When travel bans are imposed on Human Rights Defenders, they can no longer carry out many of their important activities, such as informing the international community of the state of human rights in their country. They also leave defenders vulnerable; unable to leave if their life or wellbeing comes under threat.
This new interesting study by Inés Jiménez Llorente explores the use of travel bans against HRDs, and how a select group of States in the Middle East and North Africa (MENA) justify their use.
From the study:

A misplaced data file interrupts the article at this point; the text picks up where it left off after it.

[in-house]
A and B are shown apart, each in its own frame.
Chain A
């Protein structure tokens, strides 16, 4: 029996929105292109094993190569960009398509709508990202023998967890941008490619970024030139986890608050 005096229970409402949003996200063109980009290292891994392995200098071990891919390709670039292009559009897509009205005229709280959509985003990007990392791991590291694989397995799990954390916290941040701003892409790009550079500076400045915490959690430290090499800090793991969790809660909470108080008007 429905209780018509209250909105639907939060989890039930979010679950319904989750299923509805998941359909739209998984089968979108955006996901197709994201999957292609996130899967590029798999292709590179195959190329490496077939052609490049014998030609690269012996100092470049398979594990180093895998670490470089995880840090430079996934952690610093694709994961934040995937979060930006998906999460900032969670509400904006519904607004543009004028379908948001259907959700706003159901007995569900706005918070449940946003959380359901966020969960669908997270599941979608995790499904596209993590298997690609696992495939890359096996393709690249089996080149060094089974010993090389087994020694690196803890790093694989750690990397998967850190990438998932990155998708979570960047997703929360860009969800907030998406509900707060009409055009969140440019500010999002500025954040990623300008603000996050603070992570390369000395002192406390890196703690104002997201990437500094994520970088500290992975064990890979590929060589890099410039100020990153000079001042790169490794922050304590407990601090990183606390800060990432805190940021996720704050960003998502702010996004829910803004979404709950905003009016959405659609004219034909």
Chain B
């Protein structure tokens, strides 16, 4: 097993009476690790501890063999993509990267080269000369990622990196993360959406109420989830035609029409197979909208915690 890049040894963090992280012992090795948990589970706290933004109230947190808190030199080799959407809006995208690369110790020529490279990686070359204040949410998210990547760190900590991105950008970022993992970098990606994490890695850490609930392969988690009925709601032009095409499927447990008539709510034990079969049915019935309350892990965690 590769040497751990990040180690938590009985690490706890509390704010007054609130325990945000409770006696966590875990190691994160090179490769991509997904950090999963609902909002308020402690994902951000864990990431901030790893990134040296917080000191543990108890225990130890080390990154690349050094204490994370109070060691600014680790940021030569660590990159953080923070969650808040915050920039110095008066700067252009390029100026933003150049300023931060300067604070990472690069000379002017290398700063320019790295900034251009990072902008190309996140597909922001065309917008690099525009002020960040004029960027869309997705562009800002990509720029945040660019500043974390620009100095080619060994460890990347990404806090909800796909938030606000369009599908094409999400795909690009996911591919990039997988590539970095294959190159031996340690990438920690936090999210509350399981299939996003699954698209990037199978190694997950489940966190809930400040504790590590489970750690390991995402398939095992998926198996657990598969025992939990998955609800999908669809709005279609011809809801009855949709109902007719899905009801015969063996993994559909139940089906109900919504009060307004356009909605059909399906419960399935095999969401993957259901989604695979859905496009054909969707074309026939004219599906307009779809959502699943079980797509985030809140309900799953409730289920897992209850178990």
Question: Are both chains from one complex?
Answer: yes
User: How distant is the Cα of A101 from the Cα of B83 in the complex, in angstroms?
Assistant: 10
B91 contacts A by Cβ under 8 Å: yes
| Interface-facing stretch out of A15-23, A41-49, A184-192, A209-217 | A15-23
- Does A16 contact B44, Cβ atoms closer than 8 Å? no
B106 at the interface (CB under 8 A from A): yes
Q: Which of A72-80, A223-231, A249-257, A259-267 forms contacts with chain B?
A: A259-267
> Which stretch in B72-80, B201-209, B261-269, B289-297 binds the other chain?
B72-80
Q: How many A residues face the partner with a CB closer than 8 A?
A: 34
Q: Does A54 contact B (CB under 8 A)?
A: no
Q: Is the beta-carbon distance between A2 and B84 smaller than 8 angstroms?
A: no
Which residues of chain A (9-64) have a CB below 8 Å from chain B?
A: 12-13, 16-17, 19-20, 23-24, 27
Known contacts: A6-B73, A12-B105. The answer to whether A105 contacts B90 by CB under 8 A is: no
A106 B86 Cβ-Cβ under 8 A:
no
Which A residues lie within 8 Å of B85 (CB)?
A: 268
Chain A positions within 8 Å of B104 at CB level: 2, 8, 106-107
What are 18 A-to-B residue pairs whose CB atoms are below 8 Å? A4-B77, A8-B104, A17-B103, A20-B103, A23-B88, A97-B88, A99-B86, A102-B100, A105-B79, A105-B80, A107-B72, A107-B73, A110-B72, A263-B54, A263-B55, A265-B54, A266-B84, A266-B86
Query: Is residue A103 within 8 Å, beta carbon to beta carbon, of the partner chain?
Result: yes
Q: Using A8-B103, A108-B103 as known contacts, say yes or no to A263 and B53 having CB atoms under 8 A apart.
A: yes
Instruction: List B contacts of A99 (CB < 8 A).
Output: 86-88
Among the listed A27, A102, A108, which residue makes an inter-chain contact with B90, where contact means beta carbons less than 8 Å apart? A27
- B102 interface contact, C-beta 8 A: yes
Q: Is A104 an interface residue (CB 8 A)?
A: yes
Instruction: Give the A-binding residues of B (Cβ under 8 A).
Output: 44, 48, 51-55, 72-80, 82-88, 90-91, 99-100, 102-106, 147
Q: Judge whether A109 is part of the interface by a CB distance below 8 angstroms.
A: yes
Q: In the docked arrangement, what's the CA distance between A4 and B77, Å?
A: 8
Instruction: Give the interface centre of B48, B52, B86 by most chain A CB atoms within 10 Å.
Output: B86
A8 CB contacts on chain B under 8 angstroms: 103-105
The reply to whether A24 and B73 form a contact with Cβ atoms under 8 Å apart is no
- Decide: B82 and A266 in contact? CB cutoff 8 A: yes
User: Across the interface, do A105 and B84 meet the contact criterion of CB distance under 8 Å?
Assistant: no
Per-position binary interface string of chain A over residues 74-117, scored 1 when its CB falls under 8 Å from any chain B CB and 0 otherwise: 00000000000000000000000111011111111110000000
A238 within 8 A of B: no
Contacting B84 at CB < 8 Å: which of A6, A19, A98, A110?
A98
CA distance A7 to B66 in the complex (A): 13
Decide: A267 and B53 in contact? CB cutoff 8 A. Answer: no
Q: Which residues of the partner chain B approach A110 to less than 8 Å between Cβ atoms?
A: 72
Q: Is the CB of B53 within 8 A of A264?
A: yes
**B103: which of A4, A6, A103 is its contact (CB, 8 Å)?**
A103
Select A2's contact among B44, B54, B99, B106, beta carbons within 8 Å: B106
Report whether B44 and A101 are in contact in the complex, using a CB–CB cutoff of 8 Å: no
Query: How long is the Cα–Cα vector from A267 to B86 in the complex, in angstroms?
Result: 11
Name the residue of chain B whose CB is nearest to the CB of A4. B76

“[T]he increased use of travel bans interferes with the cycle of information between HRDs and their regional and international partners. Less human rights monitoring by civil society worsens states’ compliance with human rights commitments… [Travel bans] are effective in blocking human rights monitoring without a real international mechanism to address it, they hardly represent a cost for governments, and because they are a relatively new practice, they are given low priority attention by the international community.”